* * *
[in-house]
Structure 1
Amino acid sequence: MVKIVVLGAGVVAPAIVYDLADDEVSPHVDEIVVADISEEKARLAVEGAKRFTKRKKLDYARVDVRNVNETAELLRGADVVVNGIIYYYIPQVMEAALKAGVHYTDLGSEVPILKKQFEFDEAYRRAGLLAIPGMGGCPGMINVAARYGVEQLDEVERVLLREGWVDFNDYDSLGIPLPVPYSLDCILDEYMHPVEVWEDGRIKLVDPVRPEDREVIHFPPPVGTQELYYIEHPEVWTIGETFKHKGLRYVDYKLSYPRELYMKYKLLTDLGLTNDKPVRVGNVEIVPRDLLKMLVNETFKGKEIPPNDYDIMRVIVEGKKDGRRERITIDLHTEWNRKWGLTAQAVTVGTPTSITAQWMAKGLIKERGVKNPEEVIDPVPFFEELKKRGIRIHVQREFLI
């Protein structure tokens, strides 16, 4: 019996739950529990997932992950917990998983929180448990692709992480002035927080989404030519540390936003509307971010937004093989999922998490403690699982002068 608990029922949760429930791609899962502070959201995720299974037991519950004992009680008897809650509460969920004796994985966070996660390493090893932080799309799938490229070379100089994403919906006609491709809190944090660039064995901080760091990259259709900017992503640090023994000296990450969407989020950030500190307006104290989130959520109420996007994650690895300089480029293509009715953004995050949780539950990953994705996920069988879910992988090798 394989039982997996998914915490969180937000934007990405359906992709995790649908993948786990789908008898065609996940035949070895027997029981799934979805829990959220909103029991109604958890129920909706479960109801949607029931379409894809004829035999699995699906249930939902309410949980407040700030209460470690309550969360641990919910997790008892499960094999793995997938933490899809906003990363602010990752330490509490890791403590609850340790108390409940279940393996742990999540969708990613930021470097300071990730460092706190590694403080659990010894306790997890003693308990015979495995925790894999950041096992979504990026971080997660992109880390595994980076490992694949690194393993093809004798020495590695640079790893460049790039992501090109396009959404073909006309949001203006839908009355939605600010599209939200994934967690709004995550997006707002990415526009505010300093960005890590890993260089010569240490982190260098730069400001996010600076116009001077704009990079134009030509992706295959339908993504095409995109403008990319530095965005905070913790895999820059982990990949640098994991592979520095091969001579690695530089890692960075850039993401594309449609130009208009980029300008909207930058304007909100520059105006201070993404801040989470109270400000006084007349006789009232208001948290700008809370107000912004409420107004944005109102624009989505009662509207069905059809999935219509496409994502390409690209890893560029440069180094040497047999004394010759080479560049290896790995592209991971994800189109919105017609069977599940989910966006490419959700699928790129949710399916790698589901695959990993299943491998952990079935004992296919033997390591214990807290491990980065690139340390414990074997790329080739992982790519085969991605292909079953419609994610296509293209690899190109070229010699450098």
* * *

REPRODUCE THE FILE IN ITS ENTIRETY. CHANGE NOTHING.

[in-house]
Structure 1
Amino acid sequence: MVKIVVLGAGVVAPAIVYDLADDEVSPHVDEIVVADISEEKARLAVEGAKRFTKRKKLDYARVDVRNVNETAELLRGADVVVNGIIYYYIPQVMEAALKAGVHYTDLGSEVPILKKQFEFDEAYRRAGLLAIPGMGGCPGMINVAARYGVEQLDEVERVLLREGWVDFNDYDSLGIPLPVPYSLDCILDEYMHPVEVWEDGRIKLVDPVRPEDREVIHFPPPVGTQELYYIEHPEVWTIGETFKHKGLRYVDYKLSYPRELYMKYKLLTDLGLTNDKPVRVGNVEIVPRDLLKMLVNETFKGKEIPPNDYDIMRVIVEGKKDGRRERITIDLHTEWNRKWGLTAQAVTVGTPTSITAQWMAKGLIKERGVKNPEEVIDPVPFFEELKKRGIRIHVQREFLI
């Protein structure tokens, strides 16, 4: 019996739950529990997932992950917990998983929180448990692709992480002035927080989404030519540390936003509307971010937004093989999922998490403690699982002068 608990029922949760429930791609899962502070959201995720299974037991519950004992009680008897809650509460969920004796994985966070996660390493090893932080799309799938490229070379100089994403919906006609491709809190944090660039064995901080760091990259259709900017992503640090023994000296990450969407989020950030500190307006104290989130959520109420996007994650690895300089480029293509009715953004995050949780539950990953994705996920069988879910992988090798 394989039982997996998914915490969180937000934007990405359906992709995790649908993948786990789908008898065609996940035949070895027997029981799934979805829990959220909103029991109604958890129920909706479960109801949607029931379409894809004829035999699995699906249930939902309410949980407040700030209460470690309550969360641990919910997790008892499960094999793995997938933490899809906003990363602010990752330490509490890791403590609850340790108390409940279940393996742990999540969708990613930021470097300071990730460092706190590694403080659990010894306790997890003693308990015979495995925790894999950041096992979504990026971080997660992109880390595994980076490992694949690194393993093809004798020495590695640079790893460049790039992501090109396009959404073909006309949001203006839908009355939605600010599209939200994934967690709004995550997006707002990415526009505010300093960005890590890993260089010569240490982190260098730069400001996010600076116009001077704009990079134009030509992706295959339908993504095409995109403008990319530095965005905070913790895999820059982990990949640098994991592979520095091969001579690695530089890692960075850039993401594309449609130009208009980029300008909207930058304007909100520059105006201070993404801040989470109270400000006084007349006789009232208001948290700008809370107000912004409420107004944005109102624009989505009662509207069905059809999935219509496409994502390409690209890893560029440069180094040497047999004394010759080479560049290896790995592209991971994800189109919105017609069977599940989910966006490419959700699928790129949710399916790698589901695959990993299943491998952990079935004992296919033997390591214990807290491990980065690139340390414990074997790329080739992982790519085969991605292909079953419609994610296509293209690899190109070229010699450098």